RSC advances

Small lipopeptides possess anti-biofilm capability comparable to daptomycin and vancomycin.

PMID 26257894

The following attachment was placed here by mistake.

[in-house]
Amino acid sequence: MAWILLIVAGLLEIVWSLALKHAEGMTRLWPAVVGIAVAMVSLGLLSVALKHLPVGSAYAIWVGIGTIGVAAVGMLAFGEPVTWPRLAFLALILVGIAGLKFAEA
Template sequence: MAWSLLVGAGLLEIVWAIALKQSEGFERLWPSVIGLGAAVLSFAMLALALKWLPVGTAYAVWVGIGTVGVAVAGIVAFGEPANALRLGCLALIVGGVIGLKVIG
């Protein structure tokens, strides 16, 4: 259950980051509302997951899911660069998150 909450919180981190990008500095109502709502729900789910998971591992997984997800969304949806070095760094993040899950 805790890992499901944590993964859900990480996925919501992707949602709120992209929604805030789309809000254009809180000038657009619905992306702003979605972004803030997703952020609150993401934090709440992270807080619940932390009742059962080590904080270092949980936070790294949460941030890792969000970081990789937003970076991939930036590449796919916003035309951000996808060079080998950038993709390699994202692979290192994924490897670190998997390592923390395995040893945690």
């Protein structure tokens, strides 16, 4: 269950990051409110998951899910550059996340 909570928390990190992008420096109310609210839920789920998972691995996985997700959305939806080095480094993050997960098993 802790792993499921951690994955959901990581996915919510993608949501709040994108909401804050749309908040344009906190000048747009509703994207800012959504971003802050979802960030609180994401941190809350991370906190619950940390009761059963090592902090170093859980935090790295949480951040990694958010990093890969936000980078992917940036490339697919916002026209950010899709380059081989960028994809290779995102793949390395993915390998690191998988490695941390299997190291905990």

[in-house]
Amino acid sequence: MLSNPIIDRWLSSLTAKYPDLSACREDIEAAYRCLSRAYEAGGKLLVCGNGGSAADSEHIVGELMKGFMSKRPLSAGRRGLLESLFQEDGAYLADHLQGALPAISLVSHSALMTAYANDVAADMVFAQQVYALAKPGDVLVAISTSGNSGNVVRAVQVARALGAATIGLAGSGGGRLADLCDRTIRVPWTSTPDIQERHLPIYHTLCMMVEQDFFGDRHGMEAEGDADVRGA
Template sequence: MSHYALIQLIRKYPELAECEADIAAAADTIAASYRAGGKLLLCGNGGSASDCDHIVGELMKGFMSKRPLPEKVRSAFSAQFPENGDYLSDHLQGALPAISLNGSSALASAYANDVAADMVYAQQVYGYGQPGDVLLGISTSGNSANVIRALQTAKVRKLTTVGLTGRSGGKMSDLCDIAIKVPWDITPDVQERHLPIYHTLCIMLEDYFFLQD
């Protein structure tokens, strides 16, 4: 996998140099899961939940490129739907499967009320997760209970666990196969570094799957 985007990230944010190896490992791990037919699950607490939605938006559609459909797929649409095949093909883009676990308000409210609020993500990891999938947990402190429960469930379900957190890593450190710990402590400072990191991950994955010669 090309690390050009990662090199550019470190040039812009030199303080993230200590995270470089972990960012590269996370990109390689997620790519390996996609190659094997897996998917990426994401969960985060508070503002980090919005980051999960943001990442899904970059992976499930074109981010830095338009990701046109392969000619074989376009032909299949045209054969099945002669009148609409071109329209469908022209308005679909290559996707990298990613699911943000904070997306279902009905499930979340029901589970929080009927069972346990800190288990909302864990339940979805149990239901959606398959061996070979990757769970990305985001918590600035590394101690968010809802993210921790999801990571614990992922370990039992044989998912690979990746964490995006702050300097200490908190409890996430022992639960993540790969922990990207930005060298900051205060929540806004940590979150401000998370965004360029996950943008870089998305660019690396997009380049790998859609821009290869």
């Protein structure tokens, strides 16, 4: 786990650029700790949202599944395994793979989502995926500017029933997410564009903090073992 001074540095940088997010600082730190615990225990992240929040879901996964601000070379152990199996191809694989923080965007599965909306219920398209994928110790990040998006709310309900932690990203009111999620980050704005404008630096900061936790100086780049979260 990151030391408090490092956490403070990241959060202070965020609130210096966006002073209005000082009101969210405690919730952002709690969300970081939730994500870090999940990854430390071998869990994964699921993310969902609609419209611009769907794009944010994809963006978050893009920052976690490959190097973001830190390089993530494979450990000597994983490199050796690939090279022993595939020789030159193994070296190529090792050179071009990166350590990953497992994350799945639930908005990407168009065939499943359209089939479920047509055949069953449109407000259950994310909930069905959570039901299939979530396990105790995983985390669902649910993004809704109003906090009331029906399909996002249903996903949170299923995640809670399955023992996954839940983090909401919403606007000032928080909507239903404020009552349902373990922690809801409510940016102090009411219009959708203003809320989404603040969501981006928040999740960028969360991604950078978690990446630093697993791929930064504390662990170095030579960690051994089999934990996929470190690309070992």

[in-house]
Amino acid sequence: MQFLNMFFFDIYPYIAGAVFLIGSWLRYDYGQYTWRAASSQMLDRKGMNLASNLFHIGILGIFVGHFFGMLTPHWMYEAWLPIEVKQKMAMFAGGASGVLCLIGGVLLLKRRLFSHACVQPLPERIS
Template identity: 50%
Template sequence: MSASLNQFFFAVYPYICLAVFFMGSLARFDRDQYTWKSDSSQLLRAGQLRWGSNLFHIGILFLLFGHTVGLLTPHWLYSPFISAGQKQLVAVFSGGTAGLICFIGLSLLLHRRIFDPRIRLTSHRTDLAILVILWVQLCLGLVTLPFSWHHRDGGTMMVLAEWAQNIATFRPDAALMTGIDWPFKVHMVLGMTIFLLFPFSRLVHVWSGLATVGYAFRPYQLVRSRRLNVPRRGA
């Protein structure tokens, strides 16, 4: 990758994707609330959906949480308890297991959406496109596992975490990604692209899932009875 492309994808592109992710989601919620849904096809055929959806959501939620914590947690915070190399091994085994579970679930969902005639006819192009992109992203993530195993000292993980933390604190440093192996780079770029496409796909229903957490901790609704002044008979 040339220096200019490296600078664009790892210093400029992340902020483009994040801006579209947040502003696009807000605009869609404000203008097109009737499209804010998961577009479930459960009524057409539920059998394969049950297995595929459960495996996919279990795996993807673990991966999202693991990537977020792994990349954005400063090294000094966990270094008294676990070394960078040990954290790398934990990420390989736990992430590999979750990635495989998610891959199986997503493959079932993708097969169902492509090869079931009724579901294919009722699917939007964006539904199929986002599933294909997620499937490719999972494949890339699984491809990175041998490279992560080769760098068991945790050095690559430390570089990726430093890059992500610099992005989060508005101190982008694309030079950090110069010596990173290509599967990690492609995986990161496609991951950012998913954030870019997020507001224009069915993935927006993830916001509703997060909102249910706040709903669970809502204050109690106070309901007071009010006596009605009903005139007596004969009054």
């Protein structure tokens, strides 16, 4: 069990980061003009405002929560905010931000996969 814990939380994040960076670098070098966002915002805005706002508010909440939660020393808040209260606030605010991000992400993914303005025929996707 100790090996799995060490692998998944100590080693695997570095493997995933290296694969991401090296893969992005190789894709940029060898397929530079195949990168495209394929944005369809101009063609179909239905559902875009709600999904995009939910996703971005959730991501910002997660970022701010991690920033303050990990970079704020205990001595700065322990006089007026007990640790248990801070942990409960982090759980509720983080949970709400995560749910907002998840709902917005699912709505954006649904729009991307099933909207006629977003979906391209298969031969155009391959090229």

Antibiotic resistance, to a large extent, is related to the formation of bacterial biofilms. Thus, compounds with anti-biofilm capability are of practical importance. Inspired by the recent discovery of two amino acid lipopeptides from marine bacteria, we constructed a family of small lipopeptides with 2-3 amino acids. While no antimicrobial activity was found for anionic lipopeptides, cationic candidates are potent against Staphylococcus strains, such as methicillin-resistant Staphylococcus aureus (MRSA) USA200, USA300, USA400, UAMS-1, Newman, and Mu50. In the simplest design, two lysines (C14-KK) or three arginines (C14-RRR) attached to an acyl chain of 14 carbons were sufficient to make the compounds antimicrobial. These simple lipopeptides are inherently stable towards S. aureus V8 proteinase and fungal proteinase K, more soluble in water, and more selective than other lipopeptides containing a mixture of hydrophobic and cationic amino acids. Furthermore, the activity of C14-RRR was not compromised by salts, serum, or a change in pH. Live cell experiments revealed that these lipopeptides, with a detergent-like structure, killed bacteria rapidly by targeting cell membranes. Importantly, these compounds were also able to inhibit biofilm formation and could even disrupt preformed biofilms of clinically relevant MRSA strains with an in vitro efficacy comparable to daptomycin and vancomycin. These results indicate that small lipopeptides are potentially useful candidates for preventing or eliminating bacterial biofilms alone or in combination with daptomycin or vancomycin.